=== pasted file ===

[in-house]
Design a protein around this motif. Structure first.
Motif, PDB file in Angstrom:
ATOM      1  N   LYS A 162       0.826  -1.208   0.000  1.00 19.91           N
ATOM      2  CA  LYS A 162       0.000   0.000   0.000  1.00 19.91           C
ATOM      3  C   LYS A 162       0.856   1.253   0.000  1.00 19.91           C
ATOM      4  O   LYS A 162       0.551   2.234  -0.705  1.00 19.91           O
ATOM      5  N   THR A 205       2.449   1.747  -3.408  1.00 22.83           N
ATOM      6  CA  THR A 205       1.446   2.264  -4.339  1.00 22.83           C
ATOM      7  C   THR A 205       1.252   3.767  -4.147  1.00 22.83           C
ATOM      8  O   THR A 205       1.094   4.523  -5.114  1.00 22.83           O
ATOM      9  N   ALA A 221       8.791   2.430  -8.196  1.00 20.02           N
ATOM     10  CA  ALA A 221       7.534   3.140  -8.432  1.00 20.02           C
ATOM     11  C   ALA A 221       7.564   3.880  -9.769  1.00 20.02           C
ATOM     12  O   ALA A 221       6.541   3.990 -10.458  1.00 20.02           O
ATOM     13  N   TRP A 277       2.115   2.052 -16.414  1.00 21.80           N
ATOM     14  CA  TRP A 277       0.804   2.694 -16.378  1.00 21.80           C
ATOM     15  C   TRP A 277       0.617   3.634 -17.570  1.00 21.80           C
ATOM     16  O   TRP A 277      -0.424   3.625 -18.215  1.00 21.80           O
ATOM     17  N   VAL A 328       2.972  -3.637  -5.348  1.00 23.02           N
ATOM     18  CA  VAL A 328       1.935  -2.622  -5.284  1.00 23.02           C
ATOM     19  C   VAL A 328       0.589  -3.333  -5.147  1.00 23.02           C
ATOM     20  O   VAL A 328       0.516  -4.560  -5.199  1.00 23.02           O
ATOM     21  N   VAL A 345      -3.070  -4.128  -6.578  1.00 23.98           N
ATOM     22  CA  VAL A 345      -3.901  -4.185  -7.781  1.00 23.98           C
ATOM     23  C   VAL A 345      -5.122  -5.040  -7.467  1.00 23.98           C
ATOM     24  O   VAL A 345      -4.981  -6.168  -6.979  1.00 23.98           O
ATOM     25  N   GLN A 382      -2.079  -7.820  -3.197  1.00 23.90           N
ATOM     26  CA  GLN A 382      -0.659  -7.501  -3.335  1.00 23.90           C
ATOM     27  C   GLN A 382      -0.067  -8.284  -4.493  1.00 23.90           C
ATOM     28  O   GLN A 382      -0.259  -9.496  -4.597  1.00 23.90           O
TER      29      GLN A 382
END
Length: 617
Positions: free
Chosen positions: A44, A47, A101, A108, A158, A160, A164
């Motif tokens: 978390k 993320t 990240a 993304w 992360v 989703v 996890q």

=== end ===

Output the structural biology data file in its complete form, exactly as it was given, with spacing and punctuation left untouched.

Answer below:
[in-house]
Design a protein around this motif. Structure first.
Motif, PDB file in Angstrom:
ATOM      1  N   LYS A 162       0.826  -1.208   0.000  1.00 19.91           N
ATOM      2  CA  LYS A 162       0.000   0.000   0.000  1.00 19.91           C
ATOM      3  C   LYS A 162       0.856   1.253   0.000  1.00 19.91           C
ATOM      4  O   LYS A 162       0.551   2.234  -0.705  1.00 19.91           O
ATOM      5  N   THR A 205       2.449   1.747  -3.408  1.00 22.83           N
ATOM      6  CA  THR A 205       1.446   2.264  -4.339  1.00 22.83           C
ATOM      7  C   THR A 205       1.252   3.767  -4.147  1.00 22.83           C
ATOM      8  O   THR A 205       1.094   4.523  -5.114  1.00 22.83           O
ATOM      9  N   ALA A 221       8.791   2.430  -8.196  1.00 20.02           N
ATOM     10  CA  ALA A 221       7.534   3.140  -8.432  1.00 20.02           C
ATOM     11  C   ALA A 221       7.564   3.880  -9.769  1.00 20.02           C
ATOM     12  O   ALA A 221       6.541   3.990 -10.458  1.00 20.02           O
ATOM     13  N   TRP A 277       2.115   2.052 -16.414  1.00 21.80           N
ATOM     14  CA  TRP A 277       0.804   2.694 -16.378  1.00 21.80           C
ATOM     15  C   TRP A 277       0.617   3.634 -17.570  1.00 21.80           C
ATOM     16  O   TRP A 277      -0.424   3.625 -18.215  1.00 21.80           O
ATOM     17  N   VAL A 328       2.972  -3.637  -5.348  1.00 23.02           N
ATOM     18  CA  VAL A 328       1.935  -2.622  -5.284  1.00 23.02           C
ATOM     19  C   VAL A 328       0.589  -3.333  -5.147  1.00 23.02           C
ATOM     20  O   VAL A 328       0.516  -4.560  -5.199  1.00 23.02           O
ATOM     21  N   VAL A 345      -3.070  -4.128  -6.578  1.00 23.98           N
ATOM     22  CA  VAL A 345      -3.901  -4.185  -7.781  1.00 23.98           C
ATOM     23  C   VAL A 345      -5.122  -5.040  -7.467  1.00 23.98           C
ATOM     24  O   VAL A 345      -4.981  -6.168  -6.979  1.00 23.98           O
ATOM     25  N   GLN A 382      -2.079  -7.820  -3.197  1.00 23.90           N
ATOM     26  CA  GLN A 382      -0.659  -7.501  -3.335  1.00 23.90           C
ATOM     27  C   GLN A 382      -0.067  -8.284  -4.493  1.00 23.90           C
ATOM     28  O   GLN A 382      -0.259  -9.496  -4.597  1.00 23.90           O
TER      29      GLN A 382
END
Length: 617
Positions: free
Chosen positions: A44, A47, A101, A108, A158, A160, A164
């Motif tokens: 978390k 993320t 990240a 993304w 992360v 989703v 996890q």